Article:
The current Blackhawks are a textbook marketing creation. They very well could be the real thing, an actual competitive hockey team, but I have no way of knowing that right now.
I do know, thanks to a marketing strategy that resembles an exuberant carpet-bombing, that they are new, improved, bigger and better, have less trans fat than competitors, and quite possibly will improve your posture while removing stains.
The team that has been publicized, hawked, packaged, airbrushed, Photoshopped and otherwise thrust upon us is a team that should go deep into the NHL playoffs. I happen to know this because a hefty majority of voters in a chicagotribune.com poll said so before the season began. And the voters said so because they had been hit over the head with the Hawks' advertising campaign.
That campaign created wild expectations, unreasonable expectations, borderline silly expectations.
So instead of a 1-2-1 start being what it was, a disappointment, it became a 1-2-1 start, the end of the world. If you market a season as if it were the second coming of the Roman Empire, you might be a little freaked out by going 1-2-1 against ragtag enlistees from distant outposts of the kingdom — New York, Washington, Nashville and Phoenix.
The Hawks fired coach Denis Savard on Thursday. That the ouster involved one of the more popular people in Blackhawks history is beside the point. Did Savard deserve better? Yes. But he was facing forces that were much bigger than him.
His sin was that, four games into the season, the new Hawks looked a little too much like the old Hawks. Bill Wirtz might as well have been alive, running the show and keeping the games off television.
If Hawks officials doubted Savard was the guy to take the team to the next level, why didn't they do the dirty deed before the season began? When an organization fires a coach four games into the schedule, it's obvious confidence in him wasn't overflowing in the first place.
Chairman Rocky Wirtz and President John McDonough are trying to bring back a franchise from the brink of complete public indifference. Everybody gets that part of it. The two men hyped this team at Frank Caliendo levels. Then they asked players with no history of winning as a group to live up to the hype.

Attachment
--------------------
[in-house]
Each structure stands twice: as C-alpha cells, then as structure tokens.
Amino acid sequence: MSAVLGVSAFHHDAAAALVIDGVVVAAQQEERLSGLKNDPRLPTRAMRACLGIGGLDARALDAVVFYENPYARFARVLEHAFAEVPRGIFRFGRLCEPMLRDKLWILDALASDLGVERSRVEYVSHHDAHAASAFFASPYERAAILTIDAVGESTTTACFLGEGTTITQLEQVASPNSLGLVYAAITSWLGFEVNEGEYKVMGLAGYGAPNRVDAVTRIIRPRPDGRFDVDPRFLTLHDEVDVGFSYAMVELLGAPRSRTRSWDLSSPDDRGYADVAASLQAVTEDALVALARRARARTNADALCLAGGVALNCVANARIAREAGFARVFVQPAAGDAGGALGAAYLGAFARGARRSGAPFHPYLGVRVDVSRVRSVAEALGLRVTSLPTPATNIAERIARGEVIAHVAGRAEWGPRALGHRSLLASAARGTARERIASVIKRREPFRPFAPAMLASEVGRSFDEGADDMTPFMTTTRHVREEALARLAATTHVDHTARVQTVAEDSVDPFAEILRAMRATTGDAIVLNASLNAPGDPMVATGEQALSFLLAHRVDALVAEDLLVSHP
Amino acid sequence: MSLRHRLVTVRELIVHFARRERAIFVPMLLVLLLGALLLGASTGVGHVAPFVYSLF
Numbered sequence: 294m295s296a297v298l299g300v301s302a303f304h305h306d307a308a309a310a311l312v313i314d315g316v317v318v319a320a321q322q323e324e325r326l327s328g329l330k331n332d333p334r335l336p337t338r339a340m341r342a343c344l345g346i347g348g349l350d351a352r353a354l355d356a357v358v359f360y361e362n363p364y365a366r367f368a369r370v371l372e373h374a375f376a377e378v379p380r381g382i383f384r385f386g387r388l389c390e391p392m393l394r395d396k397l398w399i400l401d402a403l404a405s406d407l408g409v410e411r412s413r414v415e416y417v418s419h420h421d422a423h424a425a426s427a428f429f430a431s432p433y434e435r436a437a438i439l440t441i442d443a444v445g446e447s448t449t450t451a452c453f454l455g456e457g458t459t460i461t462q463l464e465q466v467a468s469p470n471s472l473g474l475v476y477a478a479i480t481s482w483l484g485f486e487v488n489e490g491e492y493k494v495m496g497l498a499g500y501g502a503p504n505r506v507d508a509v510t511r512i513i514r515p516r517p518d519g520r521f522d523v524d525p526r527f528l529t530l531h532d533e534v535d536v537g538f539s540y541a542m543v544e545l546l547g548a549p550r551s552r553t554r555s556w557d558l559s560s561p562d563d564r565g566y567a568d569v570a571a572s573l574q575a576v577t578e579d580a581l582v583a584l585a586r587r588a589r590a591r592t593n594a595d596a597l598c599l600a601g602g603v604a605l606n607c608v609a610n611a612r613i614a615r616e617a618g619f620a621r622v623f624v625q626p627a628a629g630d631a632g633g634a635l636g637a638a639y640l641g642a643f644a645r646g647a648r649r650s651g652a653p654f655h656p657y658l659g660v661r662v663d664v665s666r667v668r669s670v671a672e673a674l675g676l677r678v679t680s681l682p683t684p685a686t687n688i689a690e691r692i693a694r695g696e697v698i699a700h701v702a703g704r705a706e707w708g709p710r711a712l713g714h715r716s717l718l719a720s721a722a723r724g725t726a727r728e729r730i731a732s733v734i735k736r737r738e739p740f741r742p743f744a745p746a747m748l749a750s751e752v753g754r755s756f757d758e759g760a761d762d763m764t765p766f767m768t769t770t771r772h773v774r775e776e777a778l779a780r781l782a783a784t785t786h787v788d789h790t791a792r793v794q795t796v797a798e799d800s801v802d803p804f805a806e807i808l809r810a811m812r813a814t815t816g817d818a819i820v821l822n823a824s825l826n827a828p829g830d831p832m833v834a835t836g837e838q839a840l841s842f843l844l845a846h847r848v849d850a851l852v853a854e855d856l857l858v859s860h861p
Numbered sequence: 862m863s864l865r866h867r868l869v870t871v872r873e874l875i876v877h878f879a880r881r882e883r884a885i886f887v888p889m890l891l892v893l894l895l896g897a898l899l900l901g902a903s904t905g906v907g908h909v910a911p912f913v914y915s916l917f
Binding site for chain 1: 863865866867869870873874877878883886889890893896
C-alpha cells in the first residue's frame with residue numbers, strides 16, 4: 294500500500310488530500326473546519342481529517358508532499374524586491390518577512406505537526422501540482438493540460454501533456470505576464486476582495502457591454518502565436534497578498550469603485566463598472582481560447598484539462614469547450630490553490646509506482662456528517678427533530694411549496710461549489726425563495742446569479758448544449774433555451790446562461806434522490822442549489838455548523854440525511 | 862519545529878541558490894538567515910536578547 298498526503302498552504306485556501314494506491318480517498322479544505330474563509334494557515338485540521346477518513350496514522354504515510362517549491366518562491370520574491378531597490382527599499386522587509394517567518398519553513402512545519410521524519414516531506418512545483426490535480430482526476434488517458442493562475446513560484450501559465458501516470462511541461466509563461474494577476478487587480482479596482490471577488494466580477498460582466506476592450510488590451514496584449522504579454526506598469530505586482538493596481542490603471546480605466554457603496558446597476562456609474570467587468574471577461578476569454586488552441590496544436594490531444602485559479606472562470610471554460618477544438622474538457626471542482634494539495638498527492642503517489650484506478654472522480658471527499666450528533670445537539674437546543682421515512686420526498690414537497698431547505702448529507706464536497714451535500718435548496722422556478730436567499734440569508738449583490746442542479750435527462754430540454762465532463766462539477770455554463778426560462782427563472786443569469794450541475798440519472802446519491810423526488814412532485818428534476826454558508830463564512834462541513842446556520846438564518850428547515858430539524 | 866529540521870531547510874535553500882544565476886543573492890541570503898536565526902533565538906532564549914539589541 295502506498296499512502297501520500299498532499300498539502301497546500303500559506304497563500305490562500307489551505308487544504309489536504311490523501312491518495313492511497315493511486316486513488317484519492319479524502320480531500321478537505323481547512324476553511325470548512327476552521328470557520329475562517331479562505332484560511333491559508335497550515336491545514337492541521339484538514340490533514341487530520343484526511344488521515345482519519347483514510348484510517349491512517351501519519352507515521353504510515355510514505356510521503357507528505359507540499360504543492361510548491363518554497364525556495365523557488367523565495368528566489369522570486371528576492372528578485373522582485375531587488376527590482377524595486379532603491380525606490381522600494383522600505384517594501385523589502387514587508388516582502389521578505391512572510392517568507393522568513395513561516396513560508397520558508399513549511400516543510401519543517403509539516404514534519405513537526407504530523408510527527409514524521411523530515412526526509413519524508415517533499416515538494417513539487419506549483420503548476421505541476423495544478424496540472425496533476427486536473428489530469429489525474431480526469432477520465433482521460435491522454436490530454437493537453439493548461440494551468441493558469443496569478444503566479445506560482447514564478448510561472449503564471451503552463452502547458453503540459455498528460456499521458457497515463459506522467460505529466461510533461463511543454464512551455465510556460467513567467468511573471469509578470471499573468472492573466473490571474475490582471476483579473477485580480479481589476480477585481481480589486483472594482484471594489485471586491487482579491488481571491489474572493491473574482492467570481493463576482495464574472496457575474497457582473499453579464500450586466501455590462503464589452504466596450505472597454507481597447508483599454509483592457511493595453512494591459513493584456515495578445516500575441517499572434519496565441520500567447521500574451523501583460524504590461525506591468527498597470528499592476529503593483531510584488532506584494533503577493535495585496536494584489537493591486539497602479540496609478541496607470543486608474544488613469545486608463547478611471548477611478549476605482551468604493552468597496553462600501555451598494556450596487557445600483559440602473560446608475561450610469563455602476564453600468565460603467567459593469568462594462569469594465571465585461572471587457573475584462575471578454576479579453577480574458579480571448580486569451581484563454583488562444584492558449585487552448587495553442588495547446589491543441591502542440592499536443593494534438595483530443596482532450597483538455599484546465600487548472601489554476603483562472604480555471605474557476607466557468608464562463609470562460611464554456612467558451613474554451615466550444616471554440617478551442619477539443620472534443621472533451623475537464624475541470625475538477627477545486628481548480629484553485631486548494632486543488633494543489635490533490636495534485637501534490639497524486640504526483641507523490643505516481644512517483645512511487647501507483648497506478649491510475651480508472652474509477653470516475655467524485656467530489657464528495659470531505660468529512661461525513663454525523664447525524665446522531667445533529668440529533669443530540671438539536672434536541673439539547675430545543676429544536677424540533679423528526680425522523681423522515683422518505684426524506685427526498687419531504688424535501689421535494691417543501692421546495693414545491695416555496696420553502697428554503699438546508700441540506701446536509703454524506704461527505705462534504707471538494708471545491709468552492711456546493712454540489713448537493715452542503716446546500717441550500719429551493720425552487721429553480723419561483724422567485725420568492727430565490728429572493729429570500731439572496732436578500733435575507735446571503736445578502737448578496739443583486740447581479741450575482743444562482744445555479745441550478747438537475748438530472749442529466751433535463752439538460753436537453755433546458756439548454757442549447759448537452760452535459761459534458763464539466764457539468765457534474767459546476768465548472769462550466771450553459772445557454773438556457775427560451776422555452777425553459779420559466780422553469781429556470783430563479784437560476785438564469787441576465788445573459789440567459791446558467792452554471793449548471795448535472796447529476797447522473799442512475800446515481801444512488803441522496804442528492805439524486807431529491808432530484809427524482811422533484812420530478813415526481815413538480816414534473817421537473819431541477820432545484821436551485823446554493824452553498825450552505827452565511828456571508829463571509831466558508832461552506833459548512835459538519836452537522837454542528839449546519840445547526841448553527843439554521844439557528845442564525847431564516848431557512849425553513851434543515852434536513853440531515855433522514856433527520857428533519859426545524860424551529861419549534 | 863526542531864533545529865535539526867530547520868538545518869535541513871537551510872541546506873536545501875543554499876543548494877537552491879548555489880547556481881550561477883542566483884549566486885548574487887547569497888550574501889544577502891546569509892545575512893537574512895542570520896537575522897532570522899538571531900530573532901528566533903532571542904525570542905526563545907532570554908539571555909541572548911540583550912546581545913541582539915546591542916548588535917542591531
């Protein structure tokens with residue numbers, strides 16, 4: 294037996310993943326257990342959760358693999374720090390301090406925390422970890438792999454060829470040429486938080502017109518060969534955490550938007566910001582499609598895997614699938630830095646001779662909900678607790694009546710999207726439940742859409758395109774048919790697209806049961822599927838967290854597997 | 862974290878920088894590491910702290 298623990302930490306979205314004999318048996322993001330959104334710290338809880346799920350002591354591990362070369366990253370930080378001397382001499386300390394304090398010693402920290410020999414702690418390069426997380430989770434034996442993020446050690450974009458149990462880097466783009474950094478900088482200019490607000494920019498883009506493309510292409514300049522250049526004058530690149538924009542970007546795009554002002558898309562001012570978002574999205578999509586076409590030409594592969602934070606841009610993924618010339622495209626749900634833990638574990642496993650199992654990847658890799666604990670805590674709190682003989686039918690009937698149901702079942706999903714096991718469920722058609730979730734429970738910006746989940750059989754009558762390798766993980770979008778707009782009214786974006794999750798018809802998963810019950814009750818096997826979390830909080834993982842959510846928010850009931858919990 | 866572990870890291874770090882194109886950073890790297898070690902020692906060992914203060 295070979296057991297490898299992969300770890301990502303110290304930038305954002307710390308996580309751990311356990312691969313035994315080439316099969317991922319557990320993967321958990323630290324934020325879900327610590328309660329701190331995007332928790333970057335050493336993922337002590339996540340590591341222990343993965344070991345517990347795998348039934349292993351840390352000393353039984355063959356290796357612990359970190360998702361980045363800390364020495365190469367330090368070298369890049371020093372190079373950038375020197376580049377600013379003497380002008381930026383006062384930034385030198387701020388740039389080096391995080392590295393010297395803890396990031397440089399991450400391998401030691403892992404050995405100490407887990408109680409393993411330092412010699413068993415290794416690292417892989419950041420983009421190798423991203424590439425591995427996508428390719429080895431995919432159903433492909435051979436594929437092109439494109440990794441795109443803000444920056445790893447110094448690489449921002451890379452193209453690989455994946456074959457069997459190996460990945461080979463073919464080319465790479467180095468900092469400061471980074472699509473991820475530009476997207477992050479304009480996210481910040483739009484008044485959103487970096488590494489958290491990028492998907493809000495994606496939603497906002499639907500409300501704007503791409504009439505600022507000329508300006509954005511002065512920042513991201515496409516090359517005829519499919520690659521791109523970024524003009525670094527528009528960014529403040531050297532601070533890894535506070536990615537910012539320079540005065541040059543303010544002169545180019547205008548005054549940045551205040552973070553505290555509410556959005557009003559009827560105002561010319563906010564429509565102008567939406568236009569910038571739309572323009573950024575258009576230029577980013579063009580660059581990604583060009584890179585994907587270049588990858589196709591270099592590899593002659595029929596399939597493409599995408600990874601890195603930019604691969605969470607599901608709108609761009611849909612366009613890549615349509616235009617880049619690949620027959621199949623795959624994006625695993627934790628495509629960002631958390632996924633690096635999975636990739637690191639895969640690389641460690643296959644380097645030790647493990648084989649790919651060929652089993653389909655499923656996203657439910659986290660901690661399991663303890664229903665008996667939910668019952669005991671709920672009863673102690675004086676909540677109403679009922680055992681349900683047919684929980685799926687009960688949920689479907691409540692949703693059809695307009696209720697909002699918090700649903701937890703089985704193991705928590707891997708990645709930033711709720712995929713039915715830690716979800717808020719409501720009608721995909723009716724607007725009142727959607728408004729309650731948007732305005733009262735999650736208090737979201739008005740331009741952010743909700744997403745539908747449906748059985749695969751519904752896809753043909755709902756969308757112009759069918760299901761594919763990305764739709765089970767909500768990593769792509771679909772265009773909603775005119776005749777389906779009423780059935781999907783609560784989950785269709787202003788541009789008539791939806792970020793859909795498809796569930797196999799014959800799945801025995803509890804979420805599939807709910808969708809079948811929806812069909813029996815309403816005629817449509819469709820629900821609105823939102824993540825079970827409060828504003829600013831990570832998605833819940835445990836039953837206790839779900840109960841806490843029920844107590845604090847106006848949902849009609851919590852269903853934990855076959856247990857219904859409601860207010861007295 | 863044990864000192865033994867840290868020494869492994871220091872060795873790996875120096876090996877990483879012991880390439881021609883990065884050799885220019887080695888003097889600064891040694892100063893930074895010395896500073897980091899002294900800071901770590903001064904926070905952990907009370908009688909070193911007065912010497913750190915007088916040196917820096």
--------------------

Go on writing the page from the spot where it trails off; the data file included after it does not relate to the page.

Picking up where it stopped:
Marketing the team was the easy part. When the Hawks announced last season they finally were putting the games on TV, you would have thought someone had just invented inexpensive cars that didn't rely on gasoline. They got rid of musty Bob Pulford. They scheduled an outdoor hockey game at Wrigley Field. They honored Bobby Hull, Stan Mikita and Tony Esposito before adoring crowds at the United Center. They brought Pat Foley back to the TV booth. They righted all the wrongs of the former regime.
Miracles were not being worked here. Heartstrings were.
Fans responded. Season-ticket sales went up. Interest grew.
McDonough couldn't market a ballpark the way he did with the Cubs. The next lines of poetry written about the United Center will be the first. So he marketed promise. You could not go to a Cubs or White Sox game over the summer and be Blackhawks-free. You could not open a newspaper or watch TV without seeing a Hawks ad. Patrick Kane and Jonathan Toews were everywhere, and in their fresh faces was possibility.
This all started last season, when Wirtz took over after his father died. One idea was implicit under the publicity blitz: The Hawks had to win in 2008-09. The Great Marketing Campaign of 2007-08 would be a lot of empty words and images without victories to go with it the following season.
It was too much.
It's hard to imagine this team living up to the marketing campaign. A team led by two guys who barely shave? Again, hard to imagine.
The Cubs had to deal with the weight of 100 years of failure. This team has to deal with artificially created expectations. Different kinds of burdens, but burdens nonetheless.
The writing was on the wall before this season began, and a subliminally suggested question came with it: "The 2008-09 Chicago Blackhawks, Stanley Cup contenders?" At the first hint of trouble, the Hawks fired Savard and elevated Joel Quenneville, a veteran coach who was not brought into the fold weeks ago to sit around and watch.
Maybe a coaching change will help. Maybe Savard was the problem. Maybe the Hawks needed a fresh start after a four-game disappointment. Maybe Scotty Bowman is the grand potentate behind the scenes.
Or maybe, just maybe, this season was built on a flimsy foundation.